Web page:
We notice that faith is described as the substance, the hypostasis of the hoped for, so two of Paul’s three theological virtues, faith and hope, are very closely associated. Hope is, as Emily Dickinson reminds us, something which is entirely a literary virtue in the sense that its basis is fictional, or as Emily Dickinson says

Could Hope inspect her Basis
Her Craft were done
Has a fictitious charter
Or it has none.

And even in ironic literature, the reader is expected to construct in his own mind a certain norm of a way things should be, of which the ironic texture of what he is reading is presenting the mirrored opposite.

So when the author of Hebrews says, in effect, that faith is the reality of hope, he is I think implying that the essential language of the Bible is literary language, but that there is a category beyond the literary which is the essential thing that the Bible has to say. As for the proof or evidence of things invisible, the things which are unseen in the New Testament are not, as they are in Neoplatonism, thought of as a separate order and a superior one to the visible world. Things unseen are thought of rather as a medium of visibility, and that is what the author of Hebrews goes on to say in another verse or two.

The air of ordinary experience is invisible because if it were not, nothing else would be visible. That is why air is the fundamental metaphor behind the conception of spirit. Air is the medium of the first birth, the event which separates the embryo from the baby, and spirit, which is metaphorically air, is the medium of the second birth. But as the function of air is to be invisible, in order to make the physical world visible, so the spiritual world is invisible in order to make spiritual experience possible and visible to the participant. So the second part of this definition of faith is telling us that faith is the reality, not only of hope, but of illusion.
There are two kinds of illusion, the negative illusion which merely fails to be a reality, and the illusion which exists as a potentiality or model in the mind, as a fiction which does not yet exist but may be brought into existence or realized by a creative mind. It is this realizing of illusion that is fundamental in the imaginative or poetic way of arranging words which proceeds in terms of myth and metaphor.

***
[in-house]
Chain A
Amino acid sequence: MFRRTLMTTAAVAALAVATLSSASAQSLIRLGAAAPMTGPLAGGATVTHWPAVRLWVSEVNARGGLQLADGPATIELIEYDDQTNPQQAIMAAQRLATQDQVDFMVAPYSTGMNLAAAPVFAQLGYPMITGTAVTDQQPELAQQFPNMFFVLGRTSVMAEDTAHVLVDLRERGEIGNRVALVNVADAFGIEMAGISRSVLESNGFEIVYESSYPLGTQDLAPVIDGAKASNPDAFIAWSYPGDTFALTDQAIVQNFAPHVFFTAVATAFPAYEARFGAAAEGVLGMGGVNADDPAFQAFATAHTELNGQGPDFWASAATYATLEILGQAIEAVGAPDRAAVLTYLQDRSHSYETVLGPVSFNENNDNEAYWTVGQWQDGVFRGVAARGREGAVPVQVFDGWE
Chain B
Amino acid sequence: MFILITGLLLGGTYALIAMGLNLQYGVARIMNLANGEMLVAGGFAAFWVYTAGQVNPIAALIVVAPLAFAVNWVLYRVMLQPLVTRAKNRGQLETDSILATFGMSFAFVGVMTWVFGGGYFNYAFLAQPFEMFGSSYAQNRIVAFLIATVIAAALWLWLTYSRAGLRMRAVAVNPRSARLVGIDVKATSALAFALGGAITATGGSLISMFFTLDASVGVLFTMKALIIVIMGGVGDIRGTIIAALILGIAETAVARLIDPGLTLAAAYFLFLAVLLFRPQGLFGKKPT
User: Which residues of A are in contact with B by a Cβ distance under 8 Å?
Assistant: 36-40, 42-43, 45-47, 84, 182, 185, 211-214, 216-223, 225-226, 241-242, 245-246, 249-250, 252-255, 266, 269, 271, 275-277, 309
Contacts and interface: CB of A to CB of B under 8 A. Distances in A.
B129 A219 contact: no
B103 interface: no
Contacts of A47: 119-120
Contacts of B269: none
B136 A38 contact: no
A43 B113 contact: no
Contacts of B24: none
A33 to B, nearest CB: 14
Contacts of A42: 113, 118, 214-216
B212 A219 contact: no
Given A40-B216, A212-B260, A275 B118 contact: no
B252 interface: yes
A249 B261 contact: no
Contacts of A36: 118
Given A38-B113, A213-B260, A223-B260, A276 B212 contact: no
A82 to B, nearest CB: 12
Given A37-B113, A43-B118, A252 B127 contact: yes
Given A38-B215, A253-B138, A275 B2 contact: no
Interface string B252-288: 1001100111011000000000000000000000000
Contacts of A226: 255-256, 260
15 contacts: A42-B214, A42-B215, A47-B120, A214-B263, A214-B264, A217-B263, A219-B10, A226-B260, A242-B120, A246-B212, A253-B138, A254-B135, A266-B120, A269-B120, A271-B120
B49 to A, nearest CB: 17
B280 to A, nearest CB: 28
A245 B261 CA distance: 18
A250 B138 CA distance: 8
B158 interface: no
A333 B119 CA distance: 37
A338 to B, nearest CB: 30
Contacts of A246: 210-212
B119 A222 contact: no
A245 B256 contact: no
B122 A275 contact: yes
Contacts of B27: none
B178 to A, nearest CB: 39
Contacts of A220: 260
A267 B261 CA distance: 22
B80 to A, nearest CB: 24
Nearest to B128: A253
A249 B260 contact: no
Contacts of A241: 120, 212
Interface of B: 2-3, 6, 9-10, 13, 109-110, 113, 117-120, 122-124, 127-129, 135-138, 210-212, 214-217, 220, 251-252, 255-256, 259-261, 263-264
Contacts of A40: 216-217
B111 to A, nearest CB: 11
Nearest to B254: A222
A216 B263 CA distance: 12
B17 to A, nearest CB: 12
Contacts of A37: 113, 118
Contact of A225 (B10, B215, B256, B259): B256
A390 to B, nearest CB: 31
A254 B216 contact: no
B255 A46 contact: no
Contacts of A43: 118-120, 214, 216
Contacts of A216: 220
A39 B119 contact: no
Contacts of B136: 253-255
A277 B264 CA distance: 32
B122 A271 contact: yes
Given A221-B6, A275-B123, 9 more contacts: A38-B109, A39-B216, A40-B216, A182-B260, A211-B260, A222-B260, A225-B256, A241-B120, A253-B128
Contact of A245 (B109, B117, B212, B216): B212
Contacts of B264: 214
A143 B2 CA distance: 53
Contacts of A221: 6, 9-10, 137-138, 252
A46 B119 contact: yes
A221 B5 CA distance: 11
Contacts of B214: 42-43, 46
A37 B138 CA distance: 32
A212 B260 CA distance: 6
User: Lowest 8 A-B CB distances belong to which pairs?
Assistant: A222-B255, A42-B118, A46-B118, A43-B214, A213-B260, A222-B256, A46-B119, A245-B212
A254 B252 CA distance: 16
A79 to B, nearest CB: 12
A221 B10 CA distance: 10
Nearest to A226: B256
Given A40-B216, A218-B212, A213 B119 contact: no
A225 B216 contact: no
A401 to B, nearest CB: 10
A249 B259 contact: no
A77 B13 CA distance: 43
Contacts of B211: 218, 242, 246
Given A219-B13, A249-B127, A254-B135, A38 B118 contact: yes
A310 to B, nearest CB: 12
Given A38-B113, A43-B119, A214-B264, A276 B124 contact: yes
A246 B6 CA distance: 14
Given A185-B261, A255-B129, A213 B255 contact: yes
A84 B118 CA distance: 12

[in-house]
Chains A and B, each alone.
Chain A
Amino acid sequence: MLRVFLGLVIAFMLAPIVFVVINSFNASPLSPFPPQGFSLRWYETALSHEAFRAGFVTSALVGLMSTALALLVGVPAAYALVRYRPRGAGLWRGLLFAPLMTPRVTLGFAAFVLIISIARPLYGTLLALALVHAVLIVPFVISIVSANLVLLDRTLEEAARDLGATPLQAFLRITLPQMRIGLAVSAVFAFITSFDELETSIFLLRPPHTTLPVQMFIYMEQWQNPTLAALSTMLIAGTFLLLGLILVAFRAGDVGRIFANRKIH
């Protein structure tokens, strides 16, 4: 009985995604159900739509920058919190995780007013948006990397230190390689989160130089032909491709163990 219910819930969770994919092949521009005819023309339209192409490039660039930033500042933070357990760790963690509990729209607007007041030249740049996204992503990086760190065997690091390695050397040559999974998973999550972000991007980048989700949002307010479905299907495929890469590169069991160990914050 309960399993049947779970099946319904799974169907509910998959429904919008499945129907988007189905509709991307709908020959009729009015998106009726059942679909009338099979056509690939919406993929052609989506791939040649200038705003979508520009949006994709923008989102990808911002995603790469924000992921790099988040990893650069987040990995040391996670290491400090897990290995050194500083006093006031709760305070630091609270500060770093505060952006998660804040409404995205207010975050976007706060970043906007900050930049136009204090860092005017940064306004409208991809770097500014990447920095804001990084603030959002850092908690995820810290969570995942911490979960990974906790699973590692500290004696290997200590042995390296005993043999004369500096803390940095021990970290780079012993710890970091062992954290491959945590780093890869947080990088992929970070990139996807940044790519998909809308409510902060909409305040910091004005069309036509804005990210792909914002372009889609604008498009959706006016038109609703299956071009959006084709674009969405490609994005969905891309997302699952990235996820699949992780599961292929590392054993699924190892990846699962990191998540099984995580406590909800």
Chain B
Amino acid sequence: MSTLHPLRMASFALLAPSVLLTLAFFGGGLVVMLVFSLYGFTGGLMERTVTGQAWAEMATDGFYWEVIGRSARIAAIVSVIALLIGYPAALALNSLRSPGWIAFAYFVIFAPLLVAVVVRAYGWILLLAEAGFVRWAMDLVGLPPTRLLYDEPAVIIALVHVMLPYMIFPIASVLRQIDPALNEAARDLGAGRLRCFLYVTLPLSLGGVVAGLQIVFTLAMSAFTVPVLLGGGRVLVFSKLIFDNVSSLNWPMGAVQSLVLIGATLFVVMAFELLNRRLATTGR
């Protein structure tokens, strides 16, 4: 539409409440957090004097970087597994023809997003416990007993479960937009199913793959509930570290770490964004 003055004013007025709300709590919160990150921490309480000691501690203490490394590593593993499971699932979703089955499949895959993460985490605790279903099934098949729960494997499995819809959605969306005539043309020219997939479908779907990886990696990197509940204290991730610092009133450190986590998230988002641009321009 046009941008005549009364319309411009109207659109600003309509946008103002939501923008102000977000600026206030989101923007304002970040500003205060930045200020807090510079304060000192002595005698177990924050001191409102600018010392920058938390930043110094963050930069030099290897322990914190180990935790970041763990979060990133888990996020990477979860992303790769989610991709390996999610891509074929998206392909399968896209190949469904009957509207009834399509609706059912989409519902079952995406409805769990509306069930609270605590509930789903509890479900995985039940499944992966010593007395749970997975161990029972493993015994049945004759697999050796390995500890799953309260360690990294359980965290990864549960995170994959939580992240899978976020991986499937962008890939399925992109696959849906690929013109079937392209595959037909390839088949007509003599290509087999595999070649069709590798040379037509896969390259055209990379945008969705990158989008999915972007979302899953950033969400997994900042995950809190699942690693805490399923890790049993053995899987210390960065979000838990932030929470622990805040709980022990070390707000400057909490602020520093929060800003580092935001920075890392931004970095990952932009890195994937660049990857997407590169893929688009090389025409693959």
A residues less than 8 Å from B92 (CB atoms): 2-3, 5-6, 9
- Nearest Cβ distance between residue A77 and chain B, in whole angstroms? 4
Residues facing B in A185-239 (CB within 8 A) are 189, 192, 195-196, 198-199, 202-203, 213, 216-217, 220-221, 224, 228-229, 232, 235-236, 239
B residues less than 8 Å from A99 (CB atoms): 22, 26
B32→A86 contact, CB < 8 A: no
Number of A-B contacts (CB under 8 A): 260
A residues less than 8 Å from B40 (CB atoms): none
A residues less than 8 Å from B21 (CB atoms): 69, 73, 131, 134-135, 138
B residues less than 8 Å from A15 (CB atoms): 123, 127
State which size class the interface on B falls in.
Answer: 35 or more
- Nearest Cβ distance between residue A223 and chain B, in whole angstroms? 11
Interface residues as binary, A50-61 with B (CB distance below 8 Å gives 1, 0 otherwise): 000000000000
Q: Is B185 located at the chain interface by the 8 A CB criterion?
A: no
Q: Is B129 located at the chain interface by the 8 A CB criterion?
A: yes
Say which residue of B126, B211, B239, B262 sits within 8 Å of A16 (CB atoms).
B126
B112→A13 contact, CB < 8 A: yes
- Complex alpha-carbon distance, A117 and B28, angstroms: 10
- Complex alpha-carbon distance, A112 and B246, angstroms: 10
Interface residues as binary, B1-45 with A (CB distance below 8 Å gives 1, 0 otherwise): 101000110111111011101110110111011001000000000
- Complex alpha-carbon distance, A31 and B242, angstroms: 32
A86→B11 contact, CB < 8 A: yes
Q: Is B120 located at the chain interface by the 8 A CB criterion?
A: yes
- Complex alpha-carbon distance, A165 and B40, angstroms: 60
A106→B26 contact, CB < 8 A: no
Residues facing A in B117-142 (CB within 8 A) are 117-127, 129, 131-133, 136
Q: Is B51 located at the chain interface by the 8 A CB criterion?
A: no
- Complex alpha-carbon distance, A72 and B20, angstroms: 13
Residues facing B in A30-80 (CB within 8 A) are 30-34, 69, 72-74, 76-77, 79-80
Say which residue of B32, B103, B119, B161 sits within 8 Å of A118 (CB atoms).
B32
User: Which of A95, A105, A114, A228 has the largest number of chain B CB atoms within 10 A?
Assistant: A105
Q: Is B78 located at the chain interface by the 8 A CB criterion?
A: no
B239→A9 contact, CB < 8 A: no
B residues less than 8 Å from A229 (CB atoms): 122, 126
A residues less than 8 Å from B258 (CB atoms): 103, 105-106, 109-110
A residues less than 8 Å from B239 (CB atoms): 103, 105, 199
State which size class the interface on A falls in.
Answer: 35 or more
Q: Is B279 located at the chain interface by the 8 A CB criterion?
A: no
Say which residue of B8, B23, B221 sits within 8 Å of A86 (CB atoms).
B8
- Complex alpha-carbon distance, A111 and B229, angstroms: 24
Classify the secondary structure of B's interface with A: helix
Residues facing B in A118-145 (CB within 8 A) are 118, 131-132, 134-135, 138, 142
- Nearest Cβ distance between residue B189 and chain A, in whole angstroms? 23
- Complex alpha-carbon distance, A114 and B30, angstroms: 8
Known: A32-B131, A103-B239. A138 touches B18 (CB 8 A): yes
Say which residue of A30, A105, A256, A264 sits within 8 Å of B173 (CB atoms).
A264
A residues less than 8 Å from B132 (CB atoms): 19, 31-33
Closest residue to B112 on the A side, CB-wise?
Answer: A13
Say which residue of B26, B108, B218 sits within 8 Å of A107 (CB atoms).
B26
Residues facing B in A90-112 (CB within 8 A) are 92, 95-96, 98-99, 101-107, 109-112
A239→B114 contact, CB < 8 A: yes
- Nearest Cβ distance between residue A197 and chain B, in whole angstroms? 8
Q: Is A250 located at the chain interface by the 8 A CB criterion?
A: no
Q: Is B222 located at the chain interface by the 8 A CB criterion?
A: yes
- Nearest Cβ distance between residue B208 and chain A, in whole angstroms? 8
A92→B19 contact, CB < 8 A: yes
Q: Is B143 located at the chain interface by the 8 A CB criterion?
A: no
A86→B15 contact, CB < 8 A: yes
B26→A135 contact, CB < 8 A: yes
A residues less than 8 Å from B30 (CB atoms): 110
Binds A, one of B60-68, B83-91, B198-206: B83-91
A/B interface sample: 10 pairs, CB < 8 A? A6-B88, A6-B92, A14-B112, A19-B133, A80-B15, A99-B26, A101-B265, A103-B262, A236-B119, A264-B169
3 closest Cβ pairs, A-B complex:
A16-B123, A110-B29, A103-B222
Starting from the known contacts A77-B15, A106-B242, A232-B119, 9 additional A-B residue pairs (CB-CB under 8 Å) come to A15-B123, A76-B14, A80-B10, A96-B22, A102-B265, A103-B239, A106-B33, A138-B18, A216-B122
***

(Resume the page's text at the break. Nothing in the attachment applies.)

In a stage play, for example, the reality and the illusion are the same thing: the play is an illusion, but we shall not find any reality behind it if we explore the wings or the dressing room. The Tempest of Shakespeare is predominantly the play that expresses this interchange of reality and illusion in literature because there the play is essentially a play about constructing a play. The subjective illusion, such as the belief that the other characters are drowned, or the plot to murder the King of Naples, is a type of “reality” which turns into illusion, and the objective world, according to Prospero’s speech after the wedding masque [4.1.148–58], turns into illusion also. All that remains is the created and constructed reality of the play itself. When we awake in the morning, we think that we are emerging from a world of illusion into a world of reality, but what we see around us, the furniture of our bedroom, is nearly all of human construction, and whatever human beings have made, human beings can remake.

The paradox of Tertullian, that I believe because it is impossible, has at least the merit of not identifying the conception of belief or faith with the credible. The credible by hypothesis is what is believed already, and to believe only the credible means that there is no adventure of the mind: nothing is being made, nothing is being created or constructed. In literature the basis is that of hypothesis, where we proceed by assumption rather than by verified fact or logical argument or rhetorical persuasion. In literature alone anything can be true; one hypothesis is as good as another. The hypothesis of War and Peace and the hypothesis of Alice in Wonderland are equally literary.

The question which the Biblical definition of faith raises is the question of a faith which is a permanent and persistent myth to live by, a model to which one could adjust one’s entire experience. This means then that faith as defined in the New Testament is a continuous creative act and reality is also a continuously creative act.

I wish in view of the locale of this conference that I had something Venetian to connect this with, but I’m afraid I only have the Neapolitan Vico’s axiom of verum factum, what is true is what we have made.

4. From The Double Vision (1991), 19-21